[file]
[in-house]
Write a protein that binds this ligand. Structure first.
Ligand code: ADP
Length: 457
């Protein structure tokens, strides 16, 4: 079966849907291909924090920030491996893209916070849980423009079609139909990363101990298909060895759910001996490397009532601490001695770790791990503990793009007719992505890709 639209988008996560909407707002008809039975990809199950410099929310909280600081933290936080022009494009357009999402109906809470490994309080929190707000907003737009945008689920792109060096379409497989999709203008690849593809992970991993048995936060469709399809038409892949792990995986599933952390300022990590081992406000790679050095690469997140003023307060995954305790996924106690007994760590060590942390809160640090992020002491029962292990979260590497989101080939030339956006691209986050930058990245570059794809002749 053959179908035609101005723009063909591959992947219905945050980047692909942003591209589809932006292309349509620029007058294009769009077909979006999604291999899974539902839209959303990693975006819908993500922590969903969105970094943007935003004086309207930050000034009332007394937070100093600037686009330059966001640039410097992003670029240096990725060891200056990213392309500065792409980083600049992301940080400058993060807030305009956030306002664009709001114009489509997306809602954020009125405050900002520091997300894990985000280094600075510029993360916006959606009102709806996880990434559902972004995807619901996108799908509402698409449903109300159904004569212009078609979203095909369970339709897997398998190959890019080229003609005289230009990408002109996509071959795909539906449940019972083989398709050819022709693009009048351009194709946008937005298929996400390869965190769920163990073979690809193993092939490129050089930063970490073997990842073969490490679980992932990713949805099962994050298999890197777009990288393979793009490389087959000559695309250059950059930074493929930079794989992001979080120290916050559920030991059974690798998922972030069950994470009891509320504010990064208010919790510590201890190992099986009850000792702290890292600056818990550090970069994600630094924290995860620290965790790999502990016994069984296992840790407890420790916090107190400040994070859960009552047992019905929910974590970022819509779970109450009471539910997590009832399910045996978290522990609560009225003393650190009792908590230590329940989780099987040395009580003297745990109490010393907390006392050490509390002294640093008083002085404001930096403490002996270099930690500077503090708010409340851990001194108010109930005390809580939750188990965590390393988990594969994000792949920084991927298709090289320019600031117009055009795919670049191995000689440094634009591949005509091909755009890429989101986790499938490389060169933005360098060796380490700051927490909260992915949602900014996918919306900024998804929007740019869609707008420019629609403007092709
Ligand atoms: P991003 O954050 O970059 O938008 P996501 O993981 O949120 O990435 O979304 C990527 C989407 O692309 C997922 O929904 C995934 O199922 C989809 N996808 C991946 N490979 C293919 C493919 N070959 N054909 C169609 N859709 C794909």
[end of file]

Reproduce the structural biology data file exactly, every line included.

[in-house]
Write a protein that binds this ligand. Structure first.
Ligand code: ADP
Length: 457
């Protein structure tokens, strides 16, 4: 079966849907291909924090920030491996893209916070849980423009079609139909990363101990298909060895759910001996490397009532601490001695770790791990503990793009007719992505890709 639209988008996560909407707002008809039975990809199950410099929310909280600081933290936080022009494009357009999402109906809470490994309080929190707000907003737009945008689920792109060096379409497989999709203008690849593809992970991993048995936060469709399809038409892949792990995986599933952390300022990590081992406000790679050095690469997140003023307060995954305790996924106690007994760590060590942390809160640090992020002491029962292990979260590497989101080939030339956006691209986050930058990245570059794809002749 053959179908035609101005723009063909591959992947219905945050980047692909942003591209589809932006292309349509620029007058294009769009077909979006999604291999899974539902839209959303990693975006819908993500922590969903969105970094943007935003004086309207930050000034009332007394937070100093600037686009330059966001640039410097992003670029240096990725060891200056990213392309500065792409980083600049992301940080400058993060807030305009956030306002664009709001114009489509997306809602954020009125405050900002520091997300894990985000280094600075510029993360916006959606009102709806996880990434559902972004995807619901996108799908509402698409449903109300159904004569212009078609979203095909369970339709897997398998190959890019080229003609005289230009990408002109996509071959795909539906449940019972083989398709050819022709693009009048351009194709946008937005298929996400390869965190769920163990073979690809193993092939490129050089930063970490073997990842073969490490679980992932990713949805099962994050298999890197777009990288393979793009490389087959000559695309250059950059930074493929930079794989992001979080120290916050559920030991059974690798998922972030069950994470009891509320504010990064208010919790510590201890190992099986009850000792702290890292600056818990550090970069994600630094924290995860620290965790790999502990016994069984296992840790407890420790916090107190400040994070859960009552047992019905929910974590970022819509779970109450009471539910997590009832399910045996978290522990609560009225003393650190009792908590230590329940989780099987040395009580003297745990109490010393907390006392050490509390002294640093008083002085404001930096403490002996270099930690500077503090708010409340851990001194108010109930005390809580939750188990965590390393988990594969994000792949920084991927298709090289320019600031117009055009795919670049191995000689440094634009591949005509091909755009890429989101986790499938490389060169933005360098060796380490700051927490909260992915949602900014996918919306900024998804929007740019869609707008420019629609403007092709
Ligand atoms: P991003 O954050 O970059 O938008 P996501 O993981 O949120 O990435 O979304 C990527 C989407 O692309 C997922 O929904 C995934 O199922 C989809 N996808 C991946 N490979 C293919 C493919 N070959 N054909 C169609 N859709 C794909």